Fed maintains support for low interest rates
The U.S. Federal Reserve decided to maintain its current support for low long-term interest rates, defying expectations that it would take a step away from easy-money policies for the first time since mid-2006.
The Fed's rate-setting committee voted to continue pumping money into bonds at the current level of $85 billion a month. Most analysts had predicted the amount would be shaved by $10 billion to $20 billion. The bond purchases are designed to keep mortgage interest rates low by supplying cash for mortgage-backed securities and Treasury bonds.
As expected, the Federal Open Market Committee also left short-term rates that govern credit card APRs unchanged. To boost a still-recovering economy, the committee voted to leave the federal funds rate target between 0 percent and 0.25 percent. The federal funds rate is the benchmark used by banks in setting their prime rates, which in turn set most credit card rates.
The Federal Open Market Committee announcement from the conclusion of its Sept. 17-18 meeting said bond purchases would be maintained at the current level to await more evidence of improvement in the underlying strength of the economy.
"Some indicators of labor market conditions have shown further improvement in recent months, but the unemployment rate remains elevated," the statement said.The announcement also cited recent increases in mortgage rates and said "fiscal policy is restraining economic growth," in a reference to federal across-the-board spending cuts known as the sequester.
In its forecast of economic conditions, FOMC members took a more pessimistic view of overall growth, predicting that GDP will rise 2.0 percent to 2.3 percent this year, about 0.3 percentage points below their expectations at the last meeting in June.
The Fed reiterated previous guidance that it will hold the line on short-term rates until unemployment drops to about 6.5 percent. The most recent jobless rate was 7.3 percent in August. During a press conference discussing the decision, Fed Chairman Benjamin Bernanke said that the figure is only a threshold, not a trigger.
"The first increases in short-term rates might not occur until the unemployment rate is considerably below 6.5 percent," he said.
The first increases in short-term rates might not occur until the unemployment rate is considerably below 6.5 percent.
|-- Ben Bernanke
Chairman, Federal Reserve
As the federal government approaches a showdown on its budget and debt ceiling, Bernanke indirectly criticised restrictive federal spending policies. Asked if the bond purchases are effective, given the continued weakness in the job market, Bernanke said that there have been improvements in jobs, and they have come in the face of federal spending cuts projected to cost hundreds of thousands of jobs. "There are a lot of things that monetary policy can't address," he said. "We do what we can do, and if we get help we're delighted to have help, from other policymakers and the private sector."
Short-term rates can't stay at historic lows forever. But there are plenty of signs that they could last quite a while longer.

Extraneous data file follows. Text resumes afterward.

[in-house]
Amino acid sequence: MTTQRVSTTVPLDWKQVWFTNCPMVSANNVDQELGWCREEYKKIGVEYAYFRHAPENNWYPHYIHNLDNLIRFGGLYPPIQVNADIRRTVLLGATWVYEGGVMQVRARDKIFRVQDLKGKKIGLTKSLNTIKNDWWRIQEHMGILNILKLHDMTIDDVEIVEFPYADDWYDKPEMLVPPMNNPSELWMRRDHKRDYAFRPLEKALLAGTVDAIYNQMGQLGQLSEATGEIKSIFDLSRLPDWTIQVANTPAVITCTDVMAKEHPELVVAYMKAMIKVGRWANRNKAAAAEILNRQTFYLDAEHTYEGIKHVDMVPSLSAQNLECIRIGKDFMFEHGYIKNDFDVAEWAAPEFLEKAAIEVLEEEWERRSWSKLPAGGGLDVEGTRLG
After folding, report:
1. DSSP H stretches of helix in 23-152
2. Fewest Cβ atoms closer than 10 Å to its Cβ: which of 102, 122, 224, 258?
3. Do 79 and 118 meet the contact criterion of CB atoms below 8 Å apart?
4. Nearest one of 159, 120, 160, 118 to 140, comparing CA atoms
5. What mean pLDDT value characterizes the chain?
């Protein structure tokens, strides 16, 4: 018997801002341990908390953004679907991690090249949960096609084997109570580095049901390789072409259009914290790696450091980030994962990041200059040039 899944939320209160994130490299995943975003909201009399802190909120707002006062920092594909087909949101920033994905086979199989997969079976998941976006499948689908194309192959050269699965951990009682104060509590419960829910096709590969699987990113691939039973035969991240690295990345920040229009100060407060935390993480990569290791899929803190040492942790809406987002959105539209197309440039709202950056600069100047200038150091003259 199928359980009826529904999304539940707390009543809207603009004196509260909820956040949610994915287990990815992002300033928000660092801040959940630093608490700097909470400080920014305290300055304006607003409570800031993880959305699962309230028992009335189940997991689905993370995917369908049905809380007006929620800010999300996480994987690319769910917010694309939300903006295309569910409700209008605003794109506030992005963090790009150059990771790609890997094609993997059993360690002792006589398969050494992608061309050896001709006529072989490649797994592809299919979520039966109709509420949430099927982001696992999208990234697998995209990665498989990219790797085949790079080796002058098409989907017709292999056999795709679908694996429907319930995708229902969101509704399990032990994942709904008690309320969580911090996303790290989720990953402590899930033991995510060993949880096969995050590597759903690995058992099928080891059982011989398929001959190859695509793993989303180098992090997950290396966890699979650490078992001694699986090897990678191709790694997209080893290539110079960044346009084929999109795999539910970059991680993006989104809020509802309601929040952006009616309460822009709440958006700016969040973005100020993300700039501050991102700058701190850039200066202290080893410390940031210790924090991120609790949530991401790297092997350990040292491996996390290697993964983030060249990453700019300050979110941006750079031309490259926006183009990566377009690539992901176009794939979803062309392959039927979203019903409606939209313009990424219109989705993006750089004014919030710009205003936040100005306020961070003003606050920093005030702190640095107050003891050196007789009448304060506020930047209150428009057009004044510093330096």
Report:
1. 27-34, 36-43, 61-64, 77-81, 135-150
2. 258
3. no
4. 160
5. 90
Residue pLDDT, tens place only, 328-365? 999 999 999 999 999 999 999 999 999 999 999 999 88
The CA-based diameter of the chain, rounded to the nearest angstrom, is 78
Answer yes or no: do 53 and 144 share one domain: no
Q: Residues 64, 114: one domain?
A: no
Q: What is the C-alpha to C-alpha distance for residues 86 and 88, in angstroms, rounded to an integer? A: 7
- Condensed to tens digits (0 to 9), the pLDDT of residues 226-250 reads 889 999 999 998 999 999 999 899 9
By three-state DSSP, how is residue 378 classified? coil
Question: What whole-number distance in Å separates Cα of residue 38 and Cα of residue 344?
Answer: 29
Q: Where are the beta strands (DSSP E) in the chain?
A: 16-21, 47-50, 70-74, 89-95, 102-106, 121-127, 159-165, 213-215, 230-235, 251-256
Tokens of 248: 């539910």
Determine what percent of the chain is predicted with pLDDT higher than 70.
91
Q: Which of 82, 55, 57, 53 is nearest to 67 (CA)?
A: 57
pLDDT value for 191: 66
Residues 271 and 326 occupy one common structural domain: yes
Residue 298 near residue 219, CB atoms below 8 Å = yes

For one thing, inflation has been tame, giving policymakers leeway for more monetary stimulus. The Department of Labor's August 2013 inflation reading extended the trend, with prices rising at an annual rate of 1.5 percent for August, below the Fed's target of 2 percent. It might sound odd to have a target for price increases, but ultra-low inflation is interpreted as a sign of excess slack in the economy.
And former Treasury Secretary Lawrence Summers has bowed out of consideration for the Fed chairman's job when Benjamin Bernanke's current term ends in January 2014. Fed watchers said Summers was likely to support higher rates, leaving the remaining candidates more likely to keep rates lower, longer. Summers' exit leaves Vice Chairwoman Janet Yellen the favorite for the top job, which is filled by presidential appointment.
Some economists "are considerably more willing to err on the side of sustaining a lower unemployment rate -- they'll give up a little potential inflation," said Gregory Miller, chief economist at SunTrust Bank. "There are folks on the other extreme who get out of bed in the morning waging war on inflation."
Miller is one who thinks that the glide path to rate increases could be shorter than the expected two-plus years. Unemployment will fall to 6.5 percent by mid-2014 at its current pace of improvement, he said. That's about a year ahead of the FOMC members' majority view of when the federal funds rate should start to rise.
However, recent jobless numbers have been weak, kindling speculation that the Fed could hold off further on boosting rates. Some of the recent improvement in the unemployment rate comes from people leaving the work force, as opposed to gains in job creation. Some economists -- Miller among them -- say that the shrinking labor force is part of a long-term trend in how families choose to live. But others believe that at least some of the departures are caused by discouraged workers giving up on the job market -- and that calls for more stimulus, they argue.
Credit card APRs are linked to the prime rate, which is 3 percentage points higher than the federal funds rate. What's the outlook for credit card APRs? Of 17 FOMC members and alternates, all support leaving the federal funds rate at the current near-zero level through the end of the year, and 14 support continuing the policy through next year. In 2015, 14 members support a federal funds rate of 1 percent, and three support higher rates.
Published: September 18, 2013